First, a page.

Ernest Poole’s His Family, about a middle-class New York widower and his three daughters in the 1910s, won the first Pulitzer Prize for fiction in 1918. But it was Poole’s first novel, The Harbor—about a young man's collectivist awakening to the truth of American capitalism—that made a lasting impression, though it represented a more controversial pick for awards. Fine luck for the Pulitzer committee that it didn’t exist in 1915, when The Harbor came out, so it didn’t need to make that choice. The book spoke so powerfully at the time that many suspected that accolades given to His Family were vicariously intended for The Harbor. Few things speak more to America's deep ambivalence toward the working class than a "socialist masterpiece" being privately admired but publicly overlooked. Look around you today, at the debate over America’s healthcare and the paranoia over socialism, and it’s easy to think of The Harbor as a book that Fox News might not want you to read.
The Harbor, which was reprinted by Penguin Classics this year, is about a boy named Billy who grows up in an upper-middle-class family, in a home with a view over the New York harbor. His father is a pragmatic businessman. His mother is a woman of refined aesthetic, a lover of music and literature. She fears Billy is too enamored with the harbor's exotic cargo, foreign languages and gangs of urchins. She wants him to pursue a life of the mind.
And so he does. In college, his fascination with the harbor is purged from his sensibility to pave the way toward a respectable life of bourgeois entitlement. He knocks about with the gentleman caste, spends over a year in Paris emulating the heroes of the French literary canon, and returns home after his mother's death to find his father in bad health and his business in tatters.
To support his sister and ailing father, Billy takes up work writing puff pieces that glorify and rationalize the success of the rich and powerful. These men worship at the altar of efficiency and believe that any social injustice can be solved—sure, thousands of men die every year laboring for pennies on the harbor, but that will be addressed in good time with sufficient innovation and technology. Yet even as Billy becomes a literary sensation, his old college rival, Joe Kramer, continues to haunt him.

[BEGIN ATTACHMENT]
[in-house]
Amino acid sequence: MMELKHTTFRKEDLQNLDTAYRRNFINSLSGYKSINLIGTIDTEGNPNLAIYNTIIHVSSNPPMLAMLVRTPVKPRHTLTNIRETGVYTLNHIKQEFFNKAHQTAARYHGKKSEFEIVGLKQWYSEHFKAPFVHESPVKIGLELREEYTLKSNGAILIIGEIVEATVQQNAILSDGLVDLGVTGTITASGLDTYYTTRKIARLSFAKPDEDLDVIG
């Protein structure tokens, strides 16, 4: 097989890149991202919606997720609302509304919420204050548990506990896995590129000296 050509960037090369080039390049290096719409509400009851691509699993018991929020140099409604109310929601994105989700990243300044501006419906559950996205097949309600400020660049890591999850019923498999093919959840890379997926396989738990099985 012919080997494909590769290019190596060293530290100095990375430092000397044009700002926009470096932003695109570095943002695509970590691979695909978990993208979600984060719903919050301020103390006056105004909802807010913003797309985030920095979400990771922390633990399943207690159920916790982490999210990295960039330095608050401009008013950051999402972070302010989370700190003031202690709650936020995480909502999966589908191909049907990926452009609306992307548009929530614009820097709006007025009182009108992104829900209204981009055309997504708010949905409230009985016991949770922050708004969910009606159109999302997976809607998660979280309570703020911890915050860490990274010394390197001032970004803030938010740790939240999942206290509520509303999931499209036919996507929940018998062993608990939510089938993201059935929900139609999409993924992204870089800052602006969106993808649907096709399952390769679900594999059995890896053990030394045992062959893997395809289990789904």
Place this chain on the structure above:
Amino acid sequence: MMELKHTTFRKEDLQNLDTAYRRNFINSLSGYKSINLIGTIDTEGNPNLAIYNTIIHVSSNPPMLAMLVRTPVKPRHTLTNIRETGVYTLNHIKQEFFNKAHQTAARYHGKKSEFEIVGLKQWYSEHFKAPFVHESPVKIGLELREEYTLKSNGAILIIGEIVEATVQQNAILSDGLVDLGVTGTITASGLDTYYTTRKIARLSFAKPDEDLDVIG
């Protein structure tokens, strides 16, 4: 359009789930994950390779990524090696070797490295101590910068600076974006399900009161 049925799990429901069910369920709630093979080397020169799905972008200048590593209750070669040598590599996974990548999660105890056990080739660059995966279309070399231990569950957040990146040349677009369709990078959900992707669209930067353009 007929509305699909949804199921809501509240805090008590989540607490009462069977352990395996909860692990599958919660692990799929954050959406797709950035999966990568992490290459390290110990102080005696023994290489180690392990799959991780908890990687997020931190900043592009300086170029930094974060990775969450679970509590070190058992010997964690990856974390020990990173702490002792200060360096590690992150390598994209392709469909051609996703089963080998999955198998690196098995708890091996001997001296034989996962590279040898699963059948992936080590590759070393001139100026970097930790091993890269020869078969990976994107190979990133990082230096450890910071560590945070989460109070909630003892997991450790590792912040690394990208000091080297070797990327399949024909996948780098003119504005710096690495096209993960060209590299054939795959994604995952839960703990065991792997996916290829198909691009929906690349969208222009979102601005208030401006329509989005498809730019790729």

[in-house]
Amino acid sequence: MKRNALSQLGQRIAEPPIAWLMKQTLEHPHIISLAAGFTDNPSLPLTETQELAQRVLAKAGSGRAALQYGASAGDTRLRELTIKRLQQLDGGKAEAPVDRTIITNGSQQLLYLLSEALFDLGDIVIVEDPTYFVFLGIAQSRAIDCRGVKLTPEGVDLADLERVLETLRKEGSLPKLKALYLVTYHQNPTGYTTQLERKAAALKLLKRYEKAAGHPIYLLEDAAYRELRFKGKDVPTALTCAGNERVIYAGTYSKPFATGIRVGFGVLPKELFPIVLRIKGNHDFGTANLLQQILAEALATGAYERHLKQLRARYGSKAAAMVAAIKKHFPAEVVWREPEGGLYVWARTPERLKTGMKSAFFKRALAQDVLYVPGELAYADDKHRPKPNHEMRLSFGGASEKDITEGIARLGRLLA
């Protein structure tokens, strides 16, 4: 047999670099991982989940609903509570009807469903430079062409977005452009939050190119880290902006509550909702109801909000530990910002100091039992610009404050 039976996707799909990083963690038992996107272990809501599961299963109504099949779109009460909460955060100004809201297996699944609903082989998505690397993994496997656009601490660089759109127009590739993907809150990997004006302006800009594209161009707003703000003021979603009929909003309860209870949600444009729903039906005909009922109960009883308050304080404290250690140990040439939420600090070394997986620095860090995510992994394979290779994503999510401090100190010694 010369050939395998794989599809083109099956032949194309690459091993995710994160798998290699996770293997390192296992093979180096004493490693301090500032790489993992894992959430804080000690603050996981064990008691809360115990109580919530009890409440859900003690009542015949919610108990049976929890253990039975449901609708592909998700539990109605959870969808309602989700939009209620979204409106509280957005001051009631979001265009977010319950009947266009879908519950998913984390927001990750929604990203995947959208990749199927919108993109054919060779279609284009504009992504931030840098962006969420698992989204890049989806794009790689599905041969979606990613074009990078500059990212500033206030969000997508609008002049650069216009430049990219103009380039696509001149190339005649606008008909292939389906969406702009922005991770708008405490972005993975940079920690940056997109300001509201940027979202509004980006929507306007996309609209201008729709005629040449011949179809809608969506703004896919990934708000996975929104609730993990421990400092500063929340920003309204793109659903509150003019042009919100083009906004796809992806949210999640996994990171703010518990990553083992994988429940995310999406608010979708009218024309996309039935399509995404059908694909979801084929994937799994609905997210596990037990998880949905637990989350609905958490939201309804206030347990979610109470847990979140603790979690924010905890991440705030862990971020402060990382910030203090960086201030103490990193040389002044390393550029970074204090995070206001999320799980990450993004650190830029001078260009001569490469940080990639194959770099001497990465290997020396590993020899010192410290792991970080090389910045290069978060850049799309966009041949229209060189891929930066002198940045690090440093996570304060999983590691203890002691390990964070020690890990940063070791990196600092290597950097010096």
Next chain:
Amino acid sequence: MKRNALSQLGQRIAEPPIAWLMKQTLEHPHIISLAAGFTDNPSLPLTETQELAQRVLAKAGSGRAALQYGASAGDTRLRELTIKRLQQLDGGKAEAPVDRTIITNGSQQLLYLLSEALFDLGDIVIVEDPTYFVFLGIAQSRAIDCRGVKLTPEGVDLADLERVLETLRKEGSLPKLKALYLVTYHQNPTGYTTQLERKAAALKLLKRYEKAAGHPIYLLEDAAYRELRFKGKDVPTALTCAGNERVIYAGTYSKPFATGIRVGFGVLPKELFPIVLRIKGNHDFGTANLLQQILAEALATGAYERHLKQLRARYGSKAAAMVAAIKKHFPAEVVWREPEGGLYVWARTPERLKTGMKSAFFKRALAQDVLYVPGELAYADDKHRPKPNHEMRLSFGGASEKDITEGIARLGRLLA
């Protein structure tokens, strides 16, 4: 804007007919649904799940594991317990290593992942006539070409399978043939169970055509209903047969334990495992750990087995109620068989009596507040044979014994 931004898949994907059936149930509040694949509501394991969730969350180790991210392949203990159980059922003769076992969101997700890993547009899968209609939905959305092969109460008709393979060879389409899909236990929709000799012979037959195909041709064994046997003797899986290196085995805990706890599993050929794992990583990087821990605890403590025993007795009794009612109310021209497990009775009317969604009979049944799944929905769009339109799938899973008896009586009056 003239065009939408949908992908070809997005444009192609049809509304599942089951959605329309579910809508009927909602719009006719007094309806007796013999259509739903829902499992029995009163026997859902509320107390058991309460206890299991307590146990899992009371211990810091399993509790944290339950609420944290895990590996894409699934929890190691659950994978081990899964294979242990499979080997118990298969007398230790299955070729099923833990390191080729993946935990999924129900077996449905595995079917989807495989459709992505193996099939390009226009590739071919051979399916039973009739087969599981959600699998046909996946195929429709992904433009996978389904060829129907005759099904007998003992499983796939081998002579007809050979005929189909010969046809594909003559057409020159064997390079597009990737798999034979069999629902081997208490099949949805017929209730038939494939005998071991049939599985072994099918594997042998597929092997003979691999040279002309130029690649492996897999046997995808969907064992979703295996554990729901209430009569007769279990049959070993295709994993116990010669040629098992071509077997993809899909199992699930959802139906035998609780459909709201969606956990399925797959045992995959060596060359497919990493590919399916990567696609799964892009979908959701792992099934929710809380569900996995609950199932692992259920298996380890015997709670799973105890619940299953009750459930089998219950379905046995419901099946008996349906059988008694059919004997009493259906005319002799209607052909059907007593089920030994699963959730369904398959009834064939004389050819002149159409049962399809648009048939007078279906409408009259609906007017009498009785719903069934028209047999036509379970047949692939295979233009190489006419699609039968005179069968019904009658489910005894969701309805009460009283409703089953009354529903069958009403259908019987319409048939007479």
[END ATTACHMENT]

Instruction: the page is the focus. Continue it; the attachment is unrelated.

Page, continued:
Kramer and Billy are kindred spirits, but Kramer accuses Billy of being blinded by the seductions of capitalism. While Billy was in Paris, Kramer was a reporter covering the peasant uprising in Czarist Russia and the Colorado massacre in which the National Guard and mercenaries killed striking coal miners along with their wives and children. He can't write about anything other than the depravities of the proletariat, and eventually makes a pariah of himself among editors who are interested in selling newspapers and appealing to advertisers. So Kramer casts his lot with the American untouchables of the Industrial Age.
These are the stokers, men who shovel coal into the furnaces of ships. They provide the emotional peak of The Harbor, and facilitate Billy's long-gestating political conversion. When they meet again, Kramer is a union agitator preparing for a massive general strike that will be the story's dramatic apex. He needs Billy to write about the movement's leader. So he shows him where he spent two years, where men are not men but "what the factories and mills and all the rest of this lovely modern industrial world throw out as no more wanted. So they drift down here and take a job that nobody else will take, it's so rotten, and here they have one week of hell and another week's good drunk."
Billy can't believe his eyes. "Again it came over me in a flash, the years [Kramer] had spent in holes like this, in this hideous, rotten world of his, while I had lived joyously in mine." Above deck, Billy finds himself "among gay throngs of people. Dainty women brushed me by. I felt the softness of their furs, I breathed the fragrant scent of them ... I saw their fresh immaculate clothes." Such are the contradictions of capitalism—it has spread unprecedented prosperity, yet some people pay the price.
The Harbor marked the heyday of the Progressive Era, when the unregulated greed of the Gilded Age gave way to a period of social activism and political reform that brought us unions and women’s suffrage. We are now in the wake of another Gilded Age, and the divide between capital and labor has rarely been clearer. We’ve yet to see the flowering of another Progressive Era, but perhaps that makes this the perfect moment to rescue The Harbor from oblivion.